Besides destroying the country's social fabric and domestic life, the civil war calls into question the very survival of an entire generation of young citizens.
Zvi Bar'el is the Middle Eastern affairs analyst for Haaretz Newspaper. He is a columnist and a member of the editorial board. Previously he has been the managing editor of the newspaper, the correspondent in Washington and has also covered the Occupied Territories.
Bar'el has been with Haaretz since 1982, and has written extensively on the Arab and Islamic world. In 2009, he was awarded the Sokolov prize for lifetime achievement in print journalism.
Bar'el has a Ph.D in the History of the Middle East. He teaches at Sapir Academic College and is a research fellow at the Truman Institute at the Hebrew University of Jerusalem, as well as at the Center for Iranian Studies.
The failure of Turkey's ruling AKP to win a parliamentary majority has dealt a bitter blow to President Erdogan's dreams of ruling forever. A new era of potentially unstable coalition government now looms.
Even if his partly does not achieve the majority needed to change the constitution, Erdogan will not hesitate to use his powers if and when he decides circumstances warrant it.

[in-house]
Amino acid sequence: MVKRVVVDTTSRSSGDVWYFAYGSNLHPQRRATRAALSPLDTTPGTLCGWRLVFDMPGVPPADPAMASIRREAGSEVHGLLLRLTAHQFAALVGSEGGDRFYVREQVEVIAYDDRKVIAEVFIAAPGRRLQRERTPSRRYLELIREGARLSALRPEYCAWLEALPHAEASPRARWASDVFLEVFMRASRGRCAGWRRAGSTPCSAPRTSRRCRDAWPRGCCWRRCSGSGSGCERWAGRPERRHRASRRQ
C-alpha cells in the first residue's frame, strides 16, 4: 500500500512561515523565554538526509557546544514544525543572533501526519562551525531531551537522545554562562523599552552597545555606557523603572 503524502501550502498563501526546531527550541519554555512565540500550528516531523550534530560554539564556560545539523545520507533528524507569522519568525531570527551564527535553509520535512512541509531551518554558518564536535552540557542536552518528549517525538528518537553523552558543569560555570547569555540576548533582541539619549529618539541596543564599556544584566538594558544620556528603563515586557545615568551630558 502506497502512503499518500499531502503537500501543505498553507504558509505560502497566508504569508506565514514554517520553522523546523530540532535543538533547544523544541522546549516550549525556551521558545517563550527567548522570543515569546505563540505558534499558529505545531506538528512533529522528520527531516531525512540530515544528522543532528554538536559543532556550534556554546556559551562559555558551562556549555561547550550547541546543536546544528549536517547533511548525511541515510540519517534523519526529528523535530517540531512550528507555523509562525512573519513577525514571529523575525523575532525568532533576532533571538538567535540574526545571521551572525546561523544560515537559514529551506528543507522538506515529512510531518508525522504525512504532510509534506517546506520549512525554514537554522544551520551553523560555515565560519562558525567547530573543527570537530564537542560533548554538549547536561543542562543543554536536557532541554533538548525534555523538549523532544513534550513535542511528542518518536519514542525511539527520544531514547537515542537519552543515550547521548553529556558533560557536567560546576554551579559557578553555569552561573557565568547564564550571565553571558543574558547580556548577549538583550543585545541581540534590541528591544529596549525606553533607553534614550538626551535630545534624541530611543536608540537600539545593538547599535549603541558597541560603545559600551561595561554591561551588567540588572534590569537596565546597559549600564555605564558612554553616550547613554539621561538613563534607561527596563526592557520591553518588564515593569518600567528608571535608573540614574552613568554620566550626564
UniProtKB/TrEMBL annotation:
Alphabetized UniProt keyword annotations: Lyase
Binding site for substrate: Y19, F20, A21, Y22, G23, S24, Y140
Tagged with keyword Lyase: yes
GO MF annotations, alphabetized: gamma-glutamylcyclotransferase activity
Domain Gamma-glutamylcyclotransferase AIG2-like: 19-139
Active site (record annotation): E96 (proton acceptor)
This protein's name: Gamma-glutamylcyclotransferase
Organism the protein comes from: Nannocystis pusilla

If the People’s Democratic Party secures 10 percent of the vote in Sunday’s Turkish election, it could scupper President Recep Tayyip Erdogan’s plans for greater executive powers.
Syrian regime's coordination with Islamic State against other rebel groups obligates Western, Arab coalition against ISIS to revise its current strategy of treating this fight as separate from the one against Assad.
Cries of ‘death to the Arabs’ in Israel’s stadiums may yet see it expelled from the international soccer federation, by a committee set up on Palestinian demand. Quite a precedent.
Under Egypt's current president, Abdel Fattah al-Sissi, criticism of the security forces is simply not allowed.
If Syria's Assad falls, its Lebanese Shi'ite ally will find itself cut off without military or logistic support, and facing a new Syrian regime out for revenge.
Brutal discrimination is the lot not just of thousands of Palestinian laborers en route to work, but of five million Palestinians living under occupation for 48 years.
As with the takeover of Ramadi, the conquest of Palmyra is part of a regional strategy to connect the Iraqi and Syrian fronts into a single entity.